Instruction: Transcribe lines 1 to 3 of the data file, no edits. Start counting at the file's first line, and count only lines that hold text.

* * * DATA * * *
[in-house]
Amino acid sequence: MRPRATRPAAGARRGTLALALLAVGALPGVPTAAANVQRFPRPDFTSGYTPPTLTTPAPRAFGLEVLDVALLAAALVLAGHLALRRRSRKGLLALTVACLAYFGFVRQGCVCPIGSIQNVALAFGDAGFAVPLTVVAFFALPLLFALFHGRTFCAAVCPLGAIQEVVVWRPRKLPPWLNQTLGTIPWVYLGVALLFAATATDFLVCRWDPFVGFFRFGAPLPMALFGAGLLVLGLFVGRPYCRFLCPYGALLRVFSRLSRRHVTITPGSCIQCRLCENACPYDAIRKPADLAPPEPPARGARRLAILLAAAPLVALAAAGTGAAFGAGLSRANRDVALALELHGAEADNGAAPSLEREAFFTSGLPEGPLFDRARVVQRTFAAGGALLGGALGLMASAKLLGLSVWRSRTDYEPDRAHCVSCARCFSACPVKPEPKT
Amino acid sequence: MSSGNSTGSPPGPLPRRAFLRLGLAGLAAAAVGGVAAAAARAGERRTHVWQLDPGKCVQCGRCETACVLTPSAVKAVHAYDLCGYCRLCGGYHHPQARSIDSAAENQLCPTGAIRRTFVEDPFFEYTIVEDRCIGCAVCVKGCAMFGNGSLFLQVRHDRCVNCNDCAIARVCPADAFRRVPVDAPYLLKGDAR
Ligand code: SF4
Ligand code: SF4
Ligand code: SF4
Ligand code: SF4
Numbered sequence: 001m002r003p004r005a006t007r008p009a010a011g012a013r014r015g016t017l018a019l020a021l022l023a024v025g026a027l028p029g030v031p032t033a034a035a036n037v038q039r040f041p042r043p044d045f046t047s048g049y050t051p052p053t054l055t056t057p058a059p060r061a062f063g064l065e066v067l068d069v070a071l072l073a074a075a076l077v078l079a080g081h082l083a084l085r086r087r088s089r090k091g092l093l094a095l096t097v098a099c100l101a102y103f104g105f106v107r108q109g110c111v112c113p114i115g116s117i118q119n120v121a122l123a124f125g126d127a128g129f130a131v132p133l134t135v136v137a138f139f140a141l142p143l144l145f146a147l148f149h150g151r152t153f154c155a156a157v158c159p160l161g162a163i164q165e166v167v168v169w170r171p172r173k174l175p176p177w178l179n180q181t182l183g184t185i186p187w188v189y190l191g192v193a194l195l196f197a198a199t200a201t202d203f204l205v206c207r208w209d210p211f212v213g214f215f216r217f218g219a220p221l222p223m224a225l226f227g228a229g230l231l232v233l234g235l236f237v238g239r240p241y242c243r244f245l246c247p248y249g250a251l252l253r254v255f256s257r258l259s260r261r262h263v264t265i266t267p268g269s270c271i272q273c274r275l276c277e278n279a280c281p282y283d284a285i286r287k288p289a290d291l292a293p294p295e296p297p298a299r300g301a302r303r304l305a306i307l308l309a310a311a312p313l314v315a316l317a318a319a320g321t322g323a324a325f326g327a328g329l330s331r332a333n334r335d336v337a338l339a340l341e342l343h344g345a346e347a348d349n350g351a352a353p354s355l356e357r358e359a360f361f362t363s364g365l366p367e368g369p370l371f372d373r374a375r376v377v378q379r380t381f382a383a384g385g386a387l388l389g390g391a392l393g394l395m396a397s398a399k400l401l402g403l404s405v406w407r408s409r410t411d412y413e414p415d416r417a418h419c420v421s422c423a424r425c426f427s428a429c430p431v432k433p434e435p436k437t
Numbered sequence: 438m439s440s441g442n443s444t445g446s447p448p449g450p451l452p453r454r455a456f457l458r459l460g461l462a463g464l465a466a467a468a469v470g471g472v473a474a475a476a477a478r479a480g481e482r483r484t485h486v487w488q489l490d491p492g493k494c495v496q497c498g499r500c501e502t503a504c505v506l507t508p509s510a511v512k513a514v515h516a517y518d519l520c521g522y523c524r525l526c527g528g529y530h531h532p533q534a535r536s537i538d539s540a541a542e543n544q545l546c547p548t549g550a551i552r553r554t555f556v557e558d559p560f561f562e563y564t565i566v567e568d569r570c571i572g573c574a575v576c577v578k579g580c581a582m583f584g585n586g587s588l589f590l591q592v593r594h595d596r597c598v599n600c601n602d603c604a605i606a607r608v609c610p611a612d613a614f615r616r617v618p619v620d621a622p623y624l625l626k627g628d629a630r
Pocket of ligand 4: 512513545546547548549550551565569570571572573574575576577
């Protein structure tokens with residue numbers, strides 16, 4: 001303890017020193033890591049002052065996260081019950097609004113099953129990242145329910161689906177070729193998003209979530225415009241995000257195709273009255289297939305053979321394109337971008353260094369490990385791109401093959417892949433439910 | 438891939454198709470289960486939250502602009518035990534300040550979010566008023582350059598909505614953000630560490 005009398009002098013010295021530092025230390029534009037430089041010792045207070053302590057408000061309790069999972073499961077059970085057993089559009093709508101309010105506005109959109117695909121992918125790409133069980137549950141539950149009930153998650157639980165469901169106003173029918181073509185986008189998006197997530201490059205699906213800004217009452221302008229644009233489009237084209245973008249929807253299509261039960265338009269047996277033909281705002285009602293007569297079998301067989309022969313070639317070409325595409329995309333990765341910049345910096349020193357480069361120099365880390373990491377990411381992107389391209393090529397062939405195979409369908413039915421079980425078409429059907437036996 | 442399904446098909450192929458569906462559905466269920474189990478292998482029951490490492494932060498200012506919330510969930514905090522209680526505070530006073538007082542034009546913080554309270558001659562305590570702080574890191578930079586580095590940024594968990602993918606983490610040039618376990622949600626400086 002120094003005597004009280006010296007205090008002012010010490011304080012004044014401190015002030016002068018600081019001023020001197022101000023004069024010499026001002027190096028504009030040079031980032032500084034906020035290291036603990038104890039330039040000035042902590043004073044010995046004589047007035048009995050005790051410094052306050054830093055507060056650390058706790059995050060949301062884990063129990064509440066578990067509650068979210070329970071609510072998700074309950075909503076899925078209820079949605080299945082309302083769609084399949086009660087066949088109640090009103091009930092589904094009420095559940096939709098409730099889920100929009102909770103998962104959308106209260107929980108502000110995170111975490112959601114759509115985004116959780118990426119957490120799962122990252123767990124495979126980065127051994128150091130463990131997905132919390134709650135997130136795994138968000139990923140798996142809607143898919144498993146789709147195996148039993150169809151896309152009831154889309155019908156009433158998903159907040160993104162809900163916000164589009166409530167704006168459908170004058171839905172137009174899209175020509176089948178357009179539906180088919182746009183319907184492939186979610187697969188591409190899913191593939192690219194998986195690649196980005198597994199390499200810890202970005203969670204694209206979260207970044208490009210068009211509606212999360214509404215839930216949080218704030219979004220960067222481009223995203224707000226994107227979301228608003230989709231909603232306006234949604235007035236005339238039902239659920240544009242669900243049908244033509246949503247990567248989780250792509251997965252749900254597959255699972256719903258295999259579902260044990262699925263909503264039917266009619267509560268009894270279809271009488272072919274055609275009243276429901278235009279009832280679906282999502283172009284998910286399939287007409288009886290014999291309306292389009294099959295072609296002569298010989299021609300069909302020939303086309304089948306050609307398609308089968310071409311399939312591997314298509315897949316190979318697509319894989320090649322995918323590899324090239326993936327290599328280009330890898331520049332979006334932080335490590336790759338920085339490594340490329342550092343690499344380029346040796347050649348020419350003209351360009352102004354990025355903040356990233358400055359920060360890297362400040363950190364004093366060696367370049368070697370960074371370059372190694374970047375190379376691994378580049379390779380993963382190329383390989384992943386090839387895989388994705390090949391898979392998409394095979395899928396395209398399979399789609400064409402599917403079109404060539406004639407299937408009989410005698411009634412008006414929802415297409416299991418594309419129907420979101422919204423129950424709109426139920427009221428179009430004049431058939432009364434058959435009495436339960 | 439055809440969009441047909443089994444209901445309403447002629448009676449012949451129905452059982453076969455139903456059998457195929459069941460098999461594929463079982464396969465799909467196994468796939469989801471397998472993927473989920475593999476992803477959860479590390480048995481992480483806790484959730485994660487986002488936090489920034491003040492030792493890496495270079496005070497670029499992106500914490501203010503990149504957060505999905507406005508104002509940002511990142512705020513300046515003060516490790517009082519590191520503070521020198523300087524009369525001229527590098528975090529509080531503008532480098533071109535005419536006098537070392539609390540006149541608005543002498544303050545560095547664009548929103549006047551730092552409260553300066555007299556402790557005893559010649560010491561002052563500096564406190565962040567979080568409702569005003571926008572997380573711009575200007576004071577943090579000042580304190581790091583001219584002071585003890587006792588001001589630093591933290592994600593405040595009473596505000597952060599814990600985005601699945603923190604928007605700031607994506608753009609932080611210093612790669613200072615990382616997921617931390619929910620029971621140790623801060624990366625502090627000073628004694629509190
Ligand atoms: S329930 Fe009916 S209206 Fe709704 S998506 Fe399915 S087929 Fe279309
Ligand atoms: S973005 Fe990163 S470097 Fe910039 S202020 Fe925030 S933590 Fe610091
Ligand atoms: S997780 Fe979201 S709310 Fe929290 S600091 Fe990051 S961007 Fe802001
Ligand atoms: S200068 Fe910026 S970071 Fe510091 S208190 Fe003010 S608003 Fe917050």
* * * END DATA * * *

[in-house]
Amino acid sequence: MRPRATRPAAGARRGTLALALLAVGALPGVPTAAANVQRFPRPDFTSGYTPPTLTTPAPRAFGLEVLDVALLAAALVLAGHLALRRRSRKGLLALTVACLAYFGFVRQGCVCPIGSIQNVALAFGDAGFAVPLTVVAFFALPLLFALFHGRTFCAAVCPLGAIQEVVVWRPRKLPPWLNQTLGTIPWVYLGVALLFAATATDFLVCRWDPFVGFFRFGAPLPMALFGAGLLVLGLFVGRPYCRFLCPYGALLRVFSRLSRRHVTITPGSCIQCRLCENACPYDAIRKPADLAPPEPPARGARRLAILLAAAPLVALAAAGTGAAFGAGLSRANRDVALALELHGAEADNGAAPSLEREAFFTSGLPEGPLFDRARVVQRTFAAGGALLGGALGLMASAKLLGLSVWRSRTDYEPDRAHCVSCARCFSACPVKPEPKT
Amino acid sequence: MSSGNSTGSPPGPLPRRAFLRLGLAGLAAAAVGGVAAAAARAGERRTHVWQLDPGKCVQCGRCETACVLTPSAVKAVHAYDLCGYCRLCGGYHHPQARSIDSAAENQLCPTGAIRRTFVEDPFFEYTIVEDRCIGCAVCVKGCAMFGNGSLFLQVRHDRCVNCNDCAIARVCPADAFRRVPVDAPYLLKGDAR